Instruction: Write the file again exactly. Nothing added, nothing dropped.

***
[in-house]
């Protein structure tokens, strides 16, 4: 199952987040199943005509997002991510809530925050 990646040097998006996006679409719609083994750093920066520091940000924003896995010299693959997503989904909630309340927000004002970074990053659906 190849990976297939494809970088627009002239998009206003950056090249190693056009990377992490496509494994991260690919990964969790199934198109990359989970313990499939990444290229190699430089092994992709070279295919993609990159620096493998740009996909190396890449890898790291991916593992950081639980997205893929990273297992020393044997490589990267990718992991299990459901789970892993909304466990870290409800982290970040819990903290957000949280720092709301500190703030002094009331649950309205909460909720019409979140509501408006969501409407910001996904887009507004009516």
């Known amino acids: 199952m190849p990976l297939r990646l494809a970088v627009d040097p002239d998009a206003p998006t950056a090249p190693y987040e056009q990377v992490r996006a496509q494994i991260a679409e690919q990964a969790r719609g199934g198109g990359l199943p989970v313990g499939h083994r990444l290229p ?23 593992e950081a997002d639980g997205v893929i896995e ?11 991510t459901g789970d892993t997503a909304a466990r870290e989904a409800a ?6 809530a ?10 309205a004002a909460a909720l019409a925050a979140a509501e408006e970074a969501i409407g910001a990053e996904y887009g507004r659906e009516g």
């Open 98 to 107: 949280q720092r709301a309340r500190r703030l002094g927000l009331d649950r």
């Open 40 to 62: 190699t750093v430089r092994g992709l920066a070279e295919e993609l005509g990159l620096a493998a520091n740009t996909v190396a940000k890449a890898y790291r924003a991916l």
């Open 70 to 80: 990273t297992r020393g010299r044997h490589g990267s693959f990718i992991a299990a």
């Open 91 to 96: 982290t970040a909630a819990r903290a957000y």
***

[in-house]
């Protein structure tokens, strides 16, 4: 199952987040199943005509997002991510809530925050 990646040097998006996006679409719609083994750093920066520091940000924003896995010299693959997503989904909630309340927000004002970074990053659906 190849990976297939494809970088627009002239998009206003950056090249190693056009990377992490496509494994991260690919990964969790199934198109990359989970313990499939990444290229190699430089092994992709070279295919993609990159620096493998740009996909190396890449890898790291991916593992950081639980997205893929990273297992020393044997490589990267990718992991299990459901789970892993909304466990870290409800982290970040819990903290957000949280720092709301500190703030002094009331649950309205909460909720019409979140509501408006969501409407910001996904887009507004009516």
């Known amino acids: 199952m190849p990976l297939r990646l494809a970088v627009d040097p002239d998009a206003p998006t950056a090249p190693y987040e056009q990377v992490r996006a496509q494994i991260a679409e690919q990964a969790r719609g199934g198109g990359l199943p989970v313990g499939h083994r990444l290229p ?23 593992e950081a997002d639980g997205v893929i896995e ?11 991510t459901g789970d892993t997503a909304a466990r870290e989904a409800a ?6 809530a ?10 309205a004002a909460a909720l019409a925050a979140a509501e408006e970074a969501i409407g910001a990053e996904y887009g507004r659906e009516g």
């Open 98 to 107: 949280q720092r709301a309340r500190r703030l002094g927000l009331d649950r």
């Open 40 to 62: 190699t750093v430089r092994g992709l920066a070279e295919e993609l005509g990159l620096a493998a520091n740009t996909v190396a940000k890449a890898y790291r924003a991916l």
């Open 70 to 80: 990273t297992r020393g010299r044997h490589g990267s693959f990718i992991a299990a």
């Open 91 to 96: 982290t970040a909630a819990r903290a957000y």